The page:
Mediterranean bluefin tuna stocks collapsing now as fishing season opens | WWF

Mediterranean bluefin tuna stocks collapsing now as fishing season opens

Posted on 14 April 2009    
The 2007 quota for Mediterranean bluefin tuna is more than double that recommended by scientists to avoid the high risk of collapse.
© WWF / Ezequiel NAVÍO
Rome, Italy – As the Mediterranean’s bloated fishing fleets ready themselves for the opening of the bluefin tuna fishery tomorrow, WWF has released an analysis showing that the bluefin breeding population will disappear by 2012 under the current fishing regime.

Global conservation organization WWF reveals that the population of breeding tunas has been declining steeply for the past decade – and will be wiped out completely in 3 years if fisheries managers and decision-makers keep ignoring the warnings from scientists that fishing must stop.

“Mediterranean bluefin tuna is on the slippery slope to collapse, and here is the data to prove it,” said Dr Sergi Tudela, Head of Fisheries at WWF Mediterranean. “Whichever way you look at it, the Mediterranean bluefin tuna collapse trend is dramatic, it is alarming, and it is happening now.

“WWF has no choice but to again urge the immediate closure of this fishery.”

The population of tunas that are capable of reproducing – fish aged 4 years or over and weighing more than 35kg – is being wiped out. In 2007 the proportion of breeding tuna was only a quarter of the levels of 50 years ago, with most of the decline happening in recent years.

Meanwhile, the size of mature tunas has more than halved since the 1990s. The average size of tuna caught off the coast of Libya, for example, has dropped from 124kg in 2001 to only 65kg last year. Data gathered by WWF show that this pattern has been observed across the entire Mediterranean.

Before the age of large-scale industrial fishing, individual tunas could even weigh in at 900kg. The loss of these giant tunas – able to produce many more offspring than medium-sized individuals – has a disproportionately high impact on the reproduction of the species.

The huge overcapacity of fishing fleets, catches that far exceed legal quotas, pirate fishing, the use of illegal spotting planes to chase the tunas, under-reporting of catch, fishing during the closed season, management measures disregarding scientific advice – and the insatiable appetite of the world’s luxury seafood markets – have all contributed to this dramatic decline.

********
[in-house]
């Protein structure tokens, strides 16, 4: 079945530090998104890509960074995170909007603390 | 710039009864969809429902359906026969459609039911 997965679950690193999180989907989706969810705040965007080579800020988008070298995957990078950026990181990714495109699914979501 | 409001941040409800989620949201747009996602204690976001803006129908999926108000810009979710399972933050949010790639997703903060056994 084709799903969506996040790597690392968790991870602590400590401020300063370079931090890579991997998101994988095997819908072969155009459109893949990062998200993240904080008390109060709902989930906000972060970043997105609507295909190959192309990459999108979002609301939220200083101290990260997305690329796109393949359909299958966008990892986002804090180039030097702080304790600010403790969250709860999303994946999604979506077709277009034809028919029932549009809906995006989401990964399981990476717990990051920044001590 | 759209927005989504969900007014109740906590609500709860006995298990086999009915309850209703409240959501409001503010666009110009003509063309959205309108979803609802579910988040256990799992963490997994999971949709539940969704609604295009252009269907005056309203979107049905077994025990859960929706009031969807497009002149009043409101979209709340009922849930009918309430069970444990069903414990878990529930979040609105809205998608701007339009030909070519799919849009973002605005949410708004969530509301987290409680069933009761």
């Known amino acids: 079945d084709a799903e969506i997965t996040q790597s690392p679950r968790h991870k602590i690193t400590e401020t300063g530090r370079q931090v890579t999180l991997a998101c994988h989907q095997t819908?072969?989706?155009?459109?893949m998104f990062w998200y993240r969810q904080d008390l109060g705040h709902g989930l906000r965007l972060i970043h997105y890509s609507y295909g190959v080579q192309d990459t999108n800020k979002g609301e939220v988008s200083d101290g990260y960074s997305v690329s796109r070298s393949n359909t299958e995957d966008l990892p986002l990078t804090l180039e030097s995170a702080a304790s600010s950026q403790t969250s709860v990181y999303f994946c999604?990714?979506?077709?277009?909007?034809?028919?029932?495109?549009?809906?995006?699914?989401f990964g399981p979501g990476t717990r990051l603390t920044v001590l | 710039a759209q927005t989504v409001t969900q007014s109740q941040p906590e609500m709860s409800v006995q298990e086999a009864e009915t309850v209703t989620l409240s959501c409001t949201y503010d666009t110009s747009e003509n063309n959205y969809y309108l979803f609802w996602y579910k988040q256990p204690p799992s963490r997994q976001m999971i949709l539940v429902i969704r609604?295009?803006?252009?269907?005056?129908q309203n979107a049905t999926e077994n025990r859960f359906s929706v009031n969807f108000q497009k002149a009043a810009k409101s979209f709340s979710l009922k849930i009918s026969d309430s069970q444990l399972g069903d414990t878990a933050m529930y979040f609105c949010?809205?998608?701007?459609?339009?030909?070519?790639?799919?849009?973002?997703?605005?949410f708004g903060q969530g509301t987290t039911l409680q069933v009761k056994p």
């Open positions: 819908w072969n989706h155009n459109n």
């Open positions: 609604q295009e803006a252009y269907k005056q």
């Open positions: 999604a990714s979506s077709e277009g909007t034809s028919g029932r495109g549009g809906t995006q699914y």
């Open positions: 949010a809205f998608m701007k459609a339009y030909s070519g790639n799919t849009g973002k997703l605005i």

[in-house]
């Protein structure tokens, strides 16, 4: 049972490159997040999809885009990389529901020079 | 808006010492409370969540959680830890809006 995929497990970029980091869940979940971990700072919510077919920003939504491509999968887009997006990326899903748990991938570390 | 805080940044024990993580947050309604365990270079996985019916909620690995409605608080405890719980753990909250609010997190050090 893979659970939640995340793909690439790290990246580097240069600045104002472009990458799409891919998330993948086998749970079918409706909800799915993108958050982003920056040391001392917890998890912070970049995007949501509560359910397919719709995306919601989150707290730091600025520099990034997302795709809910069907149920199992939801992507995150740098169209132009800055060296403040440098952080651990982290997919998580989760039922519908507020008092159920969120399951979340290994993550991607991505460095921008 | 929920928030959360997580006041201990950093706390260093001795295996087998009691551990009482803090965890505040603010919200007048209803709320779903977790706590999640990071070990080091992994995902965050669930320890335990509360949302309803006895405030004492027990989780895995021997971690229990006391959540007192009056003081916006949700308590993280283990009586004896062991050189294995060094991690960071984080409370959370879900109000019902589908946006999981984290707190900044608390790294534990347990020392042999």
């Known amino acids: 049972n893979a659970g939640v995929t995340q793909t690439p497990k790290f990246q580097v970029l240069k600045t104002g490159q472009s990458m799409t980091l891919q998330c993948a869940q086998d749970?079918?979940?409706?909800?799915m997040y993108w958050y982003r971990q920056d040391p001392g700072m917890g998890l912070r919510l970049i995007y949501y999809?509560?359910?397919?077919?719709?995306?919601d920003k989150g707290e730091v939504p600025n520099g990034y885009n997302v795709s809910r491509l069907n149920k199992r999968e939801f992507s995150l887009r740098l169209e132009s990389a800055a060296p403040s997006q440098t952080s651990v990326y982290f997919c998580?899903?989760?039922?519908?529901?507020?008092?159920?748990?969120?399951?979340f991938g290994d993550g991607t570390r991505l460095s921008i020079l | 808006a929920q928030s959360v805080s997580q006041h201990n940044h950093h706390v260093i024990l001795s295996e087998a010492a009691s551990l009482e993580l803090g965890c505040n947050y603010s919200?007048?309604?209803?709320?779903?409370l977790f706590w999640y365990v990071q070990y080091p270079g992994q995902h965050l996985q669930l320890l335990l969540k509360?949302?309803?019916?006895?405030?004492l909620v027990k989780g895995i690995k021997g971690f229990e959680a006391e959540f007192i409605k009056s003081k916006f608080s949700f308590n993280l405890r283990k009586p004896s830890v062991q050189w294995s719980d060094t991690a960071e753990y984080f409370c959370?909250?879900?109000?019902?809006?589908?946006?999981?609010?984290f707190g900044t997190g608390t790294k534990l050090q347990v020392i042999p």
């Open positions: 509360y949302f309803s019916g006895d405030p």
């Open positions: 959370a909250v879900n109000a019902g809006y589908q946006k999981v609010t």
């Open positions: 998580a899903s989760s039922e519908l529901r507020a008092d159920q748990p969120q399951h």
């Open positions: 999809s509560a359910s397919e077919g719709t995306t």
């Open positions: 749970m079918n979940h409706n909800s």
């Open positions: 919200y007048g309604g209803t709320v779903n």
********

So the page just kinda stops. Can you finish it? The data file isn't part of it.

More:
“For years people have been asking when the collapse of this fishery will happen, and now we have the answer,” added Dr Tudela. “Mediterranean bluefin tuna is collapsing as we speak and yet the fishery will kick off again tomorrow for business as usual. It is absurd and inexcusable to open a fishing season when stocks of the target species are collapsing.”

WWF is calling for the immediate closure of the Mediterranean bluefin tuna fishery to give the species a chance to recover, while continuing to encourage consumers, retailers, restaurants and chefs to join the global movement to avoid the consumption of the imperilled fish.

There is also growing support to suspend international trade of Atlantic bluefin tuna by getting it listed on Appendix I of the Convention on International Trade in Endangered Species of Wild Fauna and Flora (CITES) when contracting parties meet in early 2010.


The 2007 quota for Mediterranean bluefin tuna is more than double that recommended by scientists to avoid the high risk of collapse.
© WWF / Ezequiel NAVÍO Enlarge

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